“He read the New Testament daily in various languages [...] as a way of keeping in touch with a number of languages. [...] He would have been amazed and delighted by the books put out in recent years by Pope John Paul II and Benedict XVI, particularly [...] the Theology of the Body…” - Eric McLuhan
“He was a lector at Mass at Holy Rosary Parish – he lived in Wychwood Park [...] this was his local parish. One of the things which struck me there was his remarkable and quite predictable ability at mispronouncing every name in the English language. This great communications guru would often get the name wrong, mispronounce it, if he was reading the first lesson, he would read the second lesson, thereby driving the priest crazy, or he would read the Gospel, thereby confounding the liturgy for the day. I was always quite struck by this.” - Michael W. Higgins
“He took part in Right to Life demonstrations constantly.” - Michael McLuhan
“We said the Rosary as a family before retiring to bed most nights.” - Eric McLuhan
“He had a direct connection with the Blessed Virgin Mary. He alluded to it very briefly once, almost fearfully, in a please-don’t-laugh-at-me tone. He didn’t say, ‘I knew because the Blessed Virgin Mary told me,’ but was clear from what he said that one of reasons he was sure about certain things was that the Virgin had certified his understanding of them. I have a feeling we have a saint in the wings.” – one of McLuhan’s associates, to biographer Philip Marchand
His Faith & His Work
One of the advantages of being a Catholic is that it confers a complete intellectual freedom to examine any and all phenomena with the absolute assurance of their intelligibility.
One of his most prominent critics of McLuhan was a British intellectual named Jonathan Miller who wrote a little book about McLuhan where he basically said that all of McLuhan’s thoughts amounted to nothing more than a system of lies. A running theme of that book was that McLuhan was not really a serious social scientist – that he was in fact a kind of Catholic apologist and that Catholic social themes were a covert message of McLuhan’s writing and there were a lot of other people who felt the same way. An American intellectual named Thomas Edwards said that a lot of the critiques of McLuhan hearkened back to the anti-Catholicism of the Reformation [...] there was this widespread sense that McLuhan and his Catholic colleagues were covertly trying to smuggle in Catholic dogma into media studies. - Jeet Heer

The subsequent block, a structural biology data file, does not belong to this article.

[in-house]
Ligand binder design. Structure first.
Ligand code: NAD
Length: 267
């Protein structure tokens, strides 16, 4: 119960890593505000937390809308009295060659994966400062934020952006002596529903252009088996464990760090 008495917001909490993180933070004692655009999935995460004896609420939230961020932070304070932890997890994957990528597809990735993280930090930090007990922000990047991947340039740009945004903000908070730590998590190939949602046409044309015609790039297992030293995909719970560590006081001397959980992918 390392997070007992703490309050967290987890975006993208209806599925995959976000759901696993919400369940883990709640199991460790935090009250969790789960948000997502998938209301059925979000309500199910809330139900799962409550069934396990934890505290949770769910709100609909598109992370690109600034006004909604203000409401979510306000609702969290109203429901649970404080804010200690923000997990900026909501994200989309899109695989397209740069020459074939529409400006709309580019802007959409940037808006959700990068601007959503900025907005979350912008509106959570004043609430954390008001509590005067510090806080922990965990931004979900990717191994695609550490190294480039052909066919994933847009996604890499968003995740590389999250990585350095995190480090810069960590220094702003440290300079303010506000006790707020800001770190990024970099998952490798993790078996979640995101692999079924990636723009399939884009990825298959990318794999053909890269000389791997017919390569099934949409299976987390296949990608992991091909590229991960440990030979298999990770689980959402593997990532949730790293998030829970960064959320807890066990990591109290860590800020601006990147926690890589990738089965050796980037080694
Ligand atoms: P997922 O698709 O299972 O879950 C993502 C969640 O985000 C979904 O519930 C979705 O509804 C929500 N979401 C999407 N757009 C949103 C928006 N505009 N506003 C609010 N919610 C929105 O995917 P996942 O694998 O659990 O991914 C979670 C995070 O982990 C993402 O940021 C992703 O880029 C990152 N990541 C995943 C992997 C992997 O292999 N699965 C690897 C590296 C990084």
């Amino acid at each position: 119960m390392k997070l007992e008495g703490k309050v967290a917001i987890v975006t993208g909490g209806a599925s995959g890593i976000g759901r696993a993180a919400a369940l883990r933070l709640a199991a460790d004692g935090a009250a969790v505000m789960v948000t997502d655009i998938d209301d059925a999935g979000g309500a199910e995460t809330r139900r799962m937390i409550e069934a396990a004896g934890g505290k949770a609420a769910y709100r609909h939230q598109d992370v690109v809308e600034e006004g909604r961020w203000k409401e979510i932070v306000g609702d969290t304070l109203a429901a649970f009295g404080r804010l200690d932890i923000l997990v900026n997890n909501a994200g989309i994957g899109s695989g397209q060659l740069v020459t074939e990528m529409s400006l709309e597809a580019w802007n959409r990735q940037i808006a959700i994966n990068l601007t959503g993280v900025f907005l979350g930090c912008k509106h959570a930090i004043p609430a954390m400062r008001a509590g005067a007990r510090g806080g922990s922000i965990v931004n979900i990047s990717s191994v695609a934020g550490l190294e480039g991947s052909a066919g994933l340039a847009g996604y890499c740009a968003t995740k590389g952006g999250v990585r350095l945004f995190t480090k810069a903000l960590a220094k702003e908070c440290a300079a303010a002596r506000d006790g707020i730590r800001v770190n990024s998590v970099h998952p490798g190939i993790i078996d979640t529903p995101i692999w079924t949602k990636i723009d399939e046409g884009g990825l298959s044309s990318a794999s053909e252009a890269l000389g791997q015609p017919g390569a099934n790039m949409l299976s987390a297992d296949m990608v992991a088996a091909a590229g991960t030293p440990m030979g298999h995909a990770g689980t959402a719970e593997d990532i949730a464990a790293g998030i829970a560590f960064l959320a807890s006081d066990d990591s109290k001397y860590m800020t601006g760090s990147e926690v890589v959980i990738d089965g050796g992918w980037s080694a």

McLuhan’s reflections on religion can be found in:-
The following quote is taken from a review of that book: “His rather pointed barbs launched at the Church regarding how it merely reacts to changes in culture without actually comprehending what is happening are as strikingly relevant as ever in the 21st century. When McLuhan talked about “electric man” and how intrinsically connected each of us are to everyone around the globe, he is speaking about a world that had yet to discover e-mail, MySpace, Facebook, Twitter, YouTube, iPhones, Blackberries, and the incessant 24-hour news cycle. Yet, even in the mid-‘70s, he was wary of churches adopting and co-opting new technologies wholesale without figuring out exactly what they do”.